A Health Policy Buyers Dilemma
If you’ve had an insurance policy, and we all do, you may not have ever had a claim. The serious claim that is often large, like ten’s of thousands of dollars large is something many people never experience. This causes a purchase dilemma for most people. They must choose a policy without knowing if, at claim time, it will pay as hoped. They may not be entirely sure what to expect even after the sale. It’s popular for a buyer to accept a recommendation from a sales agent because they have to trust that person to match their needs.
Here’s the rub, many agents are wonderful, terrific people who want to take good care of their customer. There are some, as in any industry, who are going to recommend what’s in their best interest over their clients interest. Unfortunately, it isn’t quite so black and white. In our work with clients and the Decoder we frequently find opportunities for customers and make adjustments to the original recommendations. We’re making a living on finding these opportunities. We can’t say exactly why it is this way but it’s clear there are always opportunities to do better. In case you’re curious, these adjustments along the way pay for the Decoder within a month or two for most groups.
There is a second question to be asked. If you’re not worried about your agent’s recommendations and are confident in them, the question is determining their level of confidence in understanding where the opportunities exist for your business. Healthcare is changing daily, we call it “shifting sands,” the speed of change literally keeps me up at night and this is what we do.
Chances are, what your agent knows, comes almost exclusively from insurance carriers and vendors. If you look objectively, you have to say that makes complete sense. After all, selling insurance to business is what they do for their lively hood. You shouldn’t expect something different. Plus, the speed of change makes sorting out all the carrier and vendor and marketplace options really difficult. Is your agent really up on all the options that might fit you, and can they explain those options in a coherent financial manner your CPA would understand?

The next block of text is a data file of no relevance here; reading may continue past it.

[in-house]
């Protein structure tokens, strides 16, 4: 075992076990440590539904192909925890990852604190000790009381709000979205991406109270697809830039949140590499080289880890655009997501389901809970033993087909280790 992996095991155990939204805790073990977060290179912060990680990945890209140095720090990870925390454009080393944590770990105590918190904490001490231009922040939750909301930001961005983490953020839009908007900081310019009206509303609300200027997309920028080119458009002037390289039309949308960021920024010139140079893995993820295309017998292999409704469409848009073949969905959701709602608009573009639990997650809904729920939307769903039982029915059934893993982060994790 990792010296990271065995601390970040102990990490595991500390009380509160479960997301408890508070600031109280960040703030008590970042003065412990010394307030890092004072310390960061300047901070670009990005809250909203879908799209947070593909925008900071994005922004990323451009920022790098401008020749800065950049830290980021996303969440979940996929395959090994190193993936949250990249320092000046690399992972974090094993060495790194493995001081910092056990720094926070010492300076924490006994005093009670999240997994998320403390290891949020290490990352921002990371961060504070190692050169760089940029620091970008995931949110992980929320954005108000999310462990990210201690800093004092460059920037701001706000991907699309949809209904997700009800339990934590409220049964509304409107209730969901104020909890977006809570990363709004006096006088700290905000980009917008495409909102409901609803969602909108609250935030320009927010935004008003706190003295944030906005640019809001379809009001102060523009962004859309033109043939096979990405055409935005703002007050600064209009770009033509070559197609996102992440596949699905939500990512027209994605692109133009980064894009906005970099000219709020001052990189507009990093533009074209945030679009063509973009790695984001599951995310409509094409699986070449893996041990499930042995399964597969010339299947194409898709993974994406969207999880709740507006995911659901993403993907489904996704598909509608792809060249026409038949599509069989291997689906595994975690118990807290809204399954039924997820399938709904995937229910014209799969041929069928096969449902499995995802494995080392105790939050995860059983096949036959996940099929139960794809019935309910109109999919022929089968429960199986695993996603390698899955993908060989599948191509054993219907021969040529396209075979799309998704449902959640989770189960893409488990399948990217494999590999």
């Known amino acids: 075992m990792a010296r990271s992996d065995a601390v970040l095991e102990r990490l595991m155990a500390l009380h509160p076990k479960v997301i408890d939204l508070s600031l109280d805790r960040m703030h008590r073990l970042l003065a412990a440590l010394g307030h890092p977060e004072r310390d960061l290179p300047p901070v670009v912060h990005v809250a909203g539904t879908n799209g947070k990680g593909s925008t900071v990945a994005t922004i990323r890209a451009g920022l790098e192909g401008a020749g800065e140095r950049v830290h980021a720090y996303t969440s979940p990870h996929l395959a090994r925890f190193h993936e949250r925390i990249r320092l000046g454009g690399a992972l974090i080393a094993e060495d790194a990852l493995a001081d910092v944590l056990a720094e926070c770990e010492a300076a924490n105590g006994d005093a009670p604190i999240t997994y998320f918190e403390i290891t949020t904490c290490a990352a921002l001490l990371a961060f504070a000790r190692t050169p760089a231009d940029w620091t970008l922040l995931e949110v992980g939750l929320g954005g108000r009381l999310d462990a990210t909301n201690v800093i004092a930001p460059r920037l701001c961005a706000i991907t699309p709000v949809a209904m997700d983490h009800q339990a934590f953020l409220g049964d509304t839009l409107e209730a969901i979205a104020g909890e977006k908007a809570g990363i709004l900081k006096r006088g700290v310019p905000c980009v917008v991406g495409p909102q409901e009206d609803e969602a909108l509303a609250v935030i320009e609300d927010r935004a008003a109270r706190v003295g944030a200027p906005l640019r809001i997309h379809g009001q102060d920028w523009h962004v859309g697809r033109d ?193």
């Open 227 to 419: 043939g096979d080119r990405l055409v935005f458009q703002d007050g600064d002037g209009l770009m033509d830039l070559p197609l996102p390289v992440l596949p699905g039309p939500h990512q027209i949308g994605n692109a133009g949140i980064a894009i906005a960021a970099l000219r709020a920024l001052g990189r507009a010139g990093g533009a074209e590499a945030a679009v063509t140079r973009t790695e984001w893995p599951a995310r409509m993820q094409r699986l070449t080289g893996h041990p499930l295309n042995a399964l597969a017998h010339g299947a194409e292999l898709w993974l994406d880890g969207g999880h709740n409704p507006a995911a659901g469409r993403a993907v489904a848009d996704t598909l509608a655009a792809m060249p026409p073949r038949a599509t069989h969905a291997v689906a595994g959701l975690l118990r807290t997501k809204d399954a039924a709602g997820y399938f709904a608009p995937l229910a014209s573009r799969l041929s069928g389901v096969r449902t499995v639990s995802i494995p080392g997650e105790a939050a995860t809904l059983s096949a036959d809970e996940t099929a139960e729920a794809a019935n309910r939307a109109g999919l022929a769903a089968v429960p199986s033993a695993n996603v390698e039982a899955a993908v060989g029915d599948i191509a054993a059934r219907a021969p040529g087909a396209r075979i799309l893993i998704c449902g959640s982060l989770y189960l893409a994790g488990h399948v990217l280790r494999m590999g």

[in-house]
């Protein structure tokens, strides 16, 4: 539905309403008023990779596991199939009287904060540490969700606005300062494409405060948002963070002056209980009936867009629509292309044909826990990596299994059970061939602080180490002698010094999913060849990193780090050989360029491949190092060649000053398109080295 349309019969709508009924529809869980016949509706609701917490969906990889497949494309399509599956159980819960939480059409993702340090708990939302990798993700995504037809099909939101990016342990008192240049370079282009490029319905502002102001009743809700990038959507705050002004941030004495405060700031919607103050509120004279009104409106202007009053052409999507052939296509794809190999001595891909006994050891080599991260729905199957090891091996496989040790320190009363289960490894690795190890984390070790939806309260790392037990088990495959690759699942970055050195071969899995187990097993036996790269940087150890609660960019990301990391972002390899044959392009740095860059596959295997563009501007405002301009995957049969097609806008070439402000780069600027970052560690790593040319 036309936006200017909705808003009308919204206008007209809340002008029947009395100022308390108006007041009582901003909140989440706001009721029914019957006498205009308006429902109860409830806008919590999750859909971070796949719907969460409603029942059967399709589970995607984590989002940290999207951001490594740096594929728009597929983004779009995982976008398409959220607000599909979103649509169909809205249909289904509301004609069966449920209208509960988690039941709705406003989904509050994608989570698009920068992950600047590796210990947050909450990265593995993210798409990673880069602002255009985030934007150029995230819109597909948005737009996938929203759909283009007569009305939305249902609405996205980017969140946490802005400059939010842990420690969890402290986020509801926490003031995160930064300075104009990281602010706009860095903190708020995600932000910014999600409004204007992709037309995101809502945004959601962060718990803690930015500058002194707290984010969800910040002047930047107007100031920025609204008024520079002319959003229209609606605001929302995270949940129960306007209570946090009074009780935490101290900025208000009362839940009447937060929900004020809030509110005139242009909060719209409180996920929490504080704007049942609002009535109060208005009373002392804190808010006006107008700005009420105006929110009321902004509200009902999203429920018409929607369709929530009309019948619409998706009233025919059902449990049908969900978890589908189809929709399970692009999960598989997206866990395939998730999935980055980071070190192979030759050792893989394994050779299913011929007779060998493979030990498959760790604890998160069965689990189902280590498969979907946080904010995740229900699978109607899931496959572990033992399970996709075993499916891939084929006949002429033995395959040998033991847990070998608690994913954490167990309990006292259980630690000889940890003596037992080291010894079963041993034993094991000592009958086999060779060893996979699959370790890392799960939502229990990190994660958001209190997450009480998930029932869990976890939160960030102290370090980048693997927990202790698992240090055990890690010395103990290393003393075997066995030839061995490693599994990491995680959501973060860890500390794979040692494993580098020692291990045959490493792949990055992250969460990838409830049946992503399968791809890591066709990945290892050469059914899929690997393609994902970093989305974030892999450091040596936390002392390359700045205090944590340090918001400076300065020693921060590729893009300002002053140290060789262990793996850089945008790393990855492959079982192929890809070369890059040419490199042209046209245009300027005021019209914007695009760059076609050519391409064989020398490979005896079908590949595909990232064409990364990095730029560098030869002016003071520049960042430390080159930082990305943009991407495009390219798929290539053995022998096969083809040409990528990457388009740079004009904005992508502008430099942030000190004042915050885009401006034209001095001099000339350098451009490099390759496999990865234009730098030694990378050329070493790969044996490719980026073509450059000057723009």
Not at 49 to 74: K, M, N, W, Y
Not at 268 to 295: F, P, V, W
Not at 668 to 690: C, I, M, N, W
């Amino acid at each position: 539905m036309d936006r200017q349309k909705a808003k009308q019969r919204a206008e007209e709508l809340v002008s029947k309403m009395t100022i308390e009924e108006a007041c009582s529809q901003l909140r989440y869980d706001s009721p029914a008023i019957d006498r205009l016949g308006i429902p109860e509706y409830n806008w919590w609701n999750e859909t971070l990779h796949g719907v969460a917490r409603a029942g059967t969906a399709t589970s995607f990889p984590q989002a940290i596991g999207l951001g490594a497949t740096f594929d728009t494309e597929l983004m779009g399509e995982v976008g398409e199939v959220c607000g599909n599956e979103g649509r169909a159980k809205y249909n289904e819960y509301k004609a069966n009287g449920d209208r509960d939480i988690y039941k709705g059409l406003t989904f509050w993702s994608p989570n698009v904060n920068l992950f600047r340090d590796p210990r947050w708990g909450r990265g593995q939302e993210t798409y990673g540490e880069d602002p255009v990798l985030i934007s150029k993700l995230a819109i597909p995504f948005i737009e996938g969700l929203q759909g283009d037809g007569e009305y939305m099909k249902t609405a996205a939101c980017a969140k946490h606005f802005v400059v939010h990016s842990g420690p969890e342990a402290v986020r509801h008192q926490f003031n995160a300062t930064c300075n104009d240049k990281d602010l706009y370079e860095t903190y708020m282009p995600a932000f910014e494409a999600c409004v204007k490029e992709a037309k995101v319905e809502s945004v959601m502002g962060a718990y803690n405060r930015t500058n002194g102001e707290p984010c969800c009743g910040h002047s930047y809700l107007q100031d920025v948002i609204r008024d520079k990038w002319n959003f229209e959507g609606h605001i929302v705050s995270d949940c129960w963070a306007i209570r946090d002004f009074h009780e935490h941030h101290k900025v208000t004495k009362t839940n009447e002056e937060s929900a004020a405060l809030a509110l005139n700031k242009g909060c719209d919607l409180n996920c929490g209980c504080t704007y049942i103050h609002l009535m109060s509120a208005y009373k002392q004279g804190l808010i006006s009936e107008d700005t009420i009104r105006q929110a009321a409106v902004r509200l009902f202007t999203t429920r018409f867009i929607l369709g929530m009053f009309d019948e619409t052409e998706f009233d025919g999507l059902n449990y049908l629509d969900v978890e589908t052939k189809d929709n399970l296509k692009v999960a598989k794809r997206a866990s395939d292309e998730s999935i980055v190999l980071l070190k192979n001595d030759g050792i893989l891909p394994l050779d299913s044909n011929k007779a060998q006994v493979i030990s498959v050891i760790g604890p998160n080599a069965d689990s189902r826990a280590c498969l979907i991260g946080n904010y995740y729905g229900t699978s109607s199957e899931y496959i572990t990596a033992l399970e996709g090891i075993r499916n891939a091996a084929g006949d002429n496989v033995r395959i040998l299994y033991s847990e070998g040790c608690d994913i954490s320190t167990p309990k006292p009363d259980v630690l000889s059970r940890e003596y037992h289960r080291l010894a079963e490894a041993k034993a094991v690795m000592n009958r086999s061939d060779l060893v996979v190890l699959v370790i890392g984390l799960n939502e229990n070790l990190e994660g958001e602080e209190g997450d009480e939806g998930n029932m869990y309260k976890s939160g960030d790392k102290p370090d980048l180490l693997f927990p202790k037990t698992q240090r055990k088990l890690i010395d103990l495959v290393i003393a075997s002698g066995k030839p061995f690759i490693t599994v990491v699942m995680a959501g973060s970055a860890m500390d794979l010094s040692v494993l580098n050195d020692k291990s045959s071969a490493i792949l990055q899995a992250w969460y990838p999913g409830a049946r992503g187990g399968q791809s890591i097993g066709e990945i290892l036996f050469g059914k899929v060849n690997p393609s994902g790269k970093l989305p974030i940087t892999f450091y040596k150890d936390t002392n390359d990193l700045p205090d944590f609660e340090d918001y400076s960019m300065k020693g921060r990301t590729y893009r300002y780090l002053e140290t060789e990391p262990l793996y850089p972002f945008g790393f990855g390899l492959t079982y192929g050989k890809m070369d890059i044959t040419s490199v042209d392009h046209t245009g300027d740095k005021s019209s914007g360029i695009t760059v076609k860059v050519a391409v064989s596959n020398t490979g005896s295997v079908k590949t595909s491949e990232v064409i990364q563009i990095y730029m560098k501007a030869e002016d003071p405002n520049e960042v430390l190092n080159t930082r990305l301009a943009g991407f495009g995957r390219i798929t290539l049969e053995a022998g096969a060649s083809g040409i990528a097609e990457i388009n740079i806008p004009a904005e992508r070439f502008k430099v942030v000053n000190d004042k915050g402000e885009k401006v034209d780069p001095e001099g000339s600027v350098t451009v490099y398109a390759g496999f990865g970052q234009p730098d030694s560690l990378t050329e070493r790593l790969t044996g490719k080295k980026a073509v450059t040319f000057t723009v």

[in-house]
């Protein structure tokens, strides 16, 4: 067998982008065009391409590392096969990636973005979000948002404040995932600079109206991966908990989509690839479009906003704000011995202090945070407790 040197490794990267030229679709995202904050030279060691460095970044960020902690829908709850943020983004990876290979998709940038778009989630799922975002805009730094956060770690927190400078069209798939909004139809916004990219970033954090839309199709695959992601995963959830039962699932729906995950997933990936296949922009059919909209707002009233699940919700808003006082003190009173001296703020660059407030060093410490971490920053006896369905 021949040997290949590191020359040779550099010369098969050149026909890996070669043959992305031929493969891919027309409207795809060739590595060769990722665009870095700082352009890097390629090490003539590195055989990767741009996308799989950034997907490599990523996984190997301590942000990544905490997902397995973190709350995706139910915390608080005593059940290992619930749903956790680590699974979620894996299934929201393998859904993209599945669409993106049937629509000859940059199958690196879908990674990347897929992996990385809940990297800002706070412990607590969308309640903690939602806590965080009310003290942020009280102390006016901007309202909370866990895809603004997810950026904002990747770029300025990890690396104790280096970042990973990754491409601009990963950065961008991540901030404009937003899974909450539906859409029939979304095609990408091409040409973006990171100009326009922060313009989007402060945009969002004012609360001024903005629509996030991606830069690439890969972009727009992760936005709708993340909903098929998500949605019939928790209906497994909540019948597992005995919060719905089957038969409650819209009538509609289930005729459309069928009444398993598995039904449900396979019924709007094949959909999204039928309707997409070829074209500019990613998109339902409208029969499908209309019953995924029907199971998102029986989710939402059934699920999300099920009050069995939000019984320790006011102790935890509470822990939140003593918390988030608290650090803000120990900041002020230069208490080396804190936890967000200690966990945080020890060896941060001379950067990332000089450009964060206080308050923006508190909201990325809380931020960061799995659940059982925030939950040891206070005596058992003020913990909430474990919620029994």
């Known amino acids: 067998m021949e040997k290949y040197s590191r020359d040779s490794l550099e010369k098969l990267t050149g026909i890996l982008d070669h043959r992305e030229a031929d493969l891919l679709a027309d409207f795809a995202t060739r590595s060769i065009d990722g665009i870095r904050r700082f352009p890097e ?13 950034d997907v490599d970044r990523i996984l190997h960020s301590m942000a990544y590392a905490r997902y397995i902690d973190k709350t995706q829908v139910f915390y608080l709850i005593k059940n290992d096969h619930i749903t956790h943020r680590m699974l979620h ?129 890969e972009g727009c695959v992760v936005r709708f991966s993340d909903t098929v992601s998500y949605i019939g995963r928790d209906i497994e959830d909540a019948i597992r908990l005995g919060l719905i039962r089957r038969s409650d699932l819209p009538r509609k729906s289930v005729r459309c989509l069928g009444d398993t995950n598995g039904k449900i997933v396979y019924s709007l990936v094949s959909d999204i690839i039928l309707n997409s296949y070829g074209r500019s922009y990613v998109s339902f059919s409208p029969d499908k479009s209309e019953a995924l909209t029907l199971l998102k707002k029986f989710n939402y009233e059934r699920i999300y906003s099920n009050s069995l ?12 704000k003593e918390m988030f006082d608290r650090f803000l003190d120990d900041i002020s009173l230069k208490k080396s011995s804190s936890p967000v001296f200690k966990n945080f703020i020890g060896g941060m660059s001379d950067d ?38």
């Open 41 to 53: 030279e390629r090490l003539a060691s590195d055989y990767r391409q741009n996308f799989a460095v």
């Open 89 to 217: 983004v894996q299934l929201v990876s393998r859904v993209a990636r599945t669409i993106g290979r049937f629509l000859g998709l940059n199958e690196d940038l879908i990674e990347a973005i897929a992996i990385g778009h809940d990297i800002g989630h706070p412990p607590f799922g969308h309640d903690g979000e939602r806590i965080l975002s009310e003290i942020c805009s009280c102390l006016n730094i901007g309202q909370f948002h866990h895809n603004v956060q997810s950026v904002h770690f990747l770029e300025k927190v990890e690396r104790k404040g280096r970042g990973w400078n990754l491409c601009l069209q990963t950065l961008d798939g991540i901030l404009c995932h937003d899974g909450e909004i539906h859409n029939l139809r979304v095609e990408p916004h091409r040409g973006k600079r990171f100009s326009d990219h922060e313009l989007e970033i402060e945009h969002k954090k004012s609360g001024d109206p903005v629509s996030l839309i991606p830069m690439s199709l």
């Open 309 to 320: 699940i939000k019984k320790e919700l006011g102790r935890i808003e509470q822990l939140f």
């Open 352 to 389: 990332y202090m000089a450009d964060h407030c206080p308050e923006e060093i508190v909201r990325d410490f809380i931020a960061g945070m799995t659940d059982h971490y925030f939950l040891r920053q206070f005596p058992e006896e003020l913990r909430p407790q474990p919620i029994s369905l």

Assess Two Qualities About Your Agent
I’m probably stating the obvious but it’s important to know where your allegiance lies. In the first case, the agent who you can trust must be screened by you. It’s very likely, you have confidence in your ability to screen out the better agents. You will have confidence then in choosing or keeping your agent.
Let’s assume in the first case that you’ve used a good process to hire an agent. What about the second case, where you are less prepared to assess how up to speed agent is with ACA, reform, plan regulations, policies and myriad of new options? Fact is, it’s highly unlikely that your abilities in this second part are as adequate.
Sales Process Does Not Work in a Buyers Favor
Insurance has the reputation it has because it’s earned it, and because what insurance provides almost seems like selling air. It is complicated and the sales process does not work in a buyers favor. What is common is that most people don’t experience serious claims that test their trust in a policy and agent, and as a result learn too late that they have a problem.
Insurance is complicated and healthcare is among the most complicated. You should almost expect problems if you’re not introducing an outsiders opinion about the decision you’re making for your policy. I’ve built BenStaff to do just that for you. I had to separate myself from the traditions of insurance and stepped out intentionally to offer an alternative. To protect and work with owners to solve the equation for the optimum outcome has been a real struggle and also opportunity. I have no part in traditional insurance and as a result can give you the benefit of insider information without making a living at selling you a product. I work with agents all the time and am happy to work with a customer’s agent. BenStaff does not participate in commissions, fees or overrides or other bonus’ traditionally part of the sales process.
Many businesses feel forced to reduce the decision to who they trust. While this can be good, it exposes your small and large business to the risk that who they choose to trust may not be the right person or not sufficiently knowledgable to tackle the new day.